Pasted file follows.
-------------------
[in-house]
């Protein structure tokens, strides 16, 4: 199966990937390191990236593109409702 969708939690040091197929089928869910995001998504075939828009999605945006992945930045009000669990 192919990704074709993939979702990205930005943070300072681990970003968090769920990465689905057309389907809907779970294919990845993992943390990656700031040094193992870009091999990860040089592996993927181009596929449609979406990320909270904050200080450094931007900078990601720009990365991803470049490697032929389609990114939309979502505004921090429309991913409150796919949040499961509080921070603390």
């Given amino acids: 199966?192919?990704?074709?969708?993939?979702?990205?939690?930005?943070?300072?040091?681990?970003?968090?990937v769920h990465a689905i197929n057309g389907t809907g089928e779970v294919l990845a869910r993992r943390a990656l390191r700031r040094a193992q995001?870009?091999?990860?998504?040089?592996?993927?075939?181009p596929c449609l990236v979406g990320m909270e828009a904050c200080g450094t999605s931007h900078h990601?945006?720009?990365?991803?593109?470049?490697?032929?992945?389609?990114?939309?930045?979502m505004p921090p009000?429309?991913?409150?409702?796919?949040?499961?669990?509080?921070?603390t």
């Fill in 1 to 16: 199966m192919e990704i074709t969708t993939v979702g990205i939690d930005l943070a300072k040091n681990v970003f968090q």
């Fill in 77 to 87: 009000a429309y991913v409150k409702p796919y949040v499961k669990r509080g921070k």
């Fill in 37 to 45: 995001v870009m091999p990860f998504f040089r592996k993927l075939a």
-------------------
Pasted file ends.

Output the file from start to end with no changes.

[in-house]
């Protein structure tokens, strides 16, 4: 199966990937390191990236593109409702 969708939690040091197929089928869910995001998504075939828009999605945006992945930045009000669990 192919990704074709993939979702990205930005943070300072681990970003968090769920990465689905057309389907809907779970294919990845993992943390990656700031040094193992870009091999990860040089592996993927181009596929449609979406990320909270904050200080450094931007900078990601720009990365991803470049490697032929389609990114939309979502505004921090429309991913409150796919949040499961509080921070603390």
């Given amino acids: 199966?192919?990704?074709?969708?993939?979702?990205?939690?930005?943070?300072?040091?681990?970003?968090?990937v769920h990465a689905i197929n057309g389907t809907g089928e779970v294919l990845a869910r993992r943390a990656l390191r700031r040094a193992q995001?870009?091999?990860?998504?040089?592996?993927?075939?181009p596929c449609l990236v979406g990320m909270e828009a904050c200080g450094t999605s931007h900078h990601?945006?720009?990365?991803?593109?470049?490697?032929?992945?389609?990114?939309?930045?979502m505004p921090p009000?429309?991913?409150?409702?796919?949040?499961?669990?509080?921070?603390t």
């Fill in 1 to 16: 199966m192919e990704i074709t969708t993939v979702g990205i939690d930005l943070a300072k040091n681990v970003f968090q």
């Fill in 77 to 87: 009000a429309y991913v409150k409702p796919y949040v499961k669990r509080g921070k």
């Fill in 37 to 45: 995001v870009m091999p990860f998504f040089r592996k993927l075939a």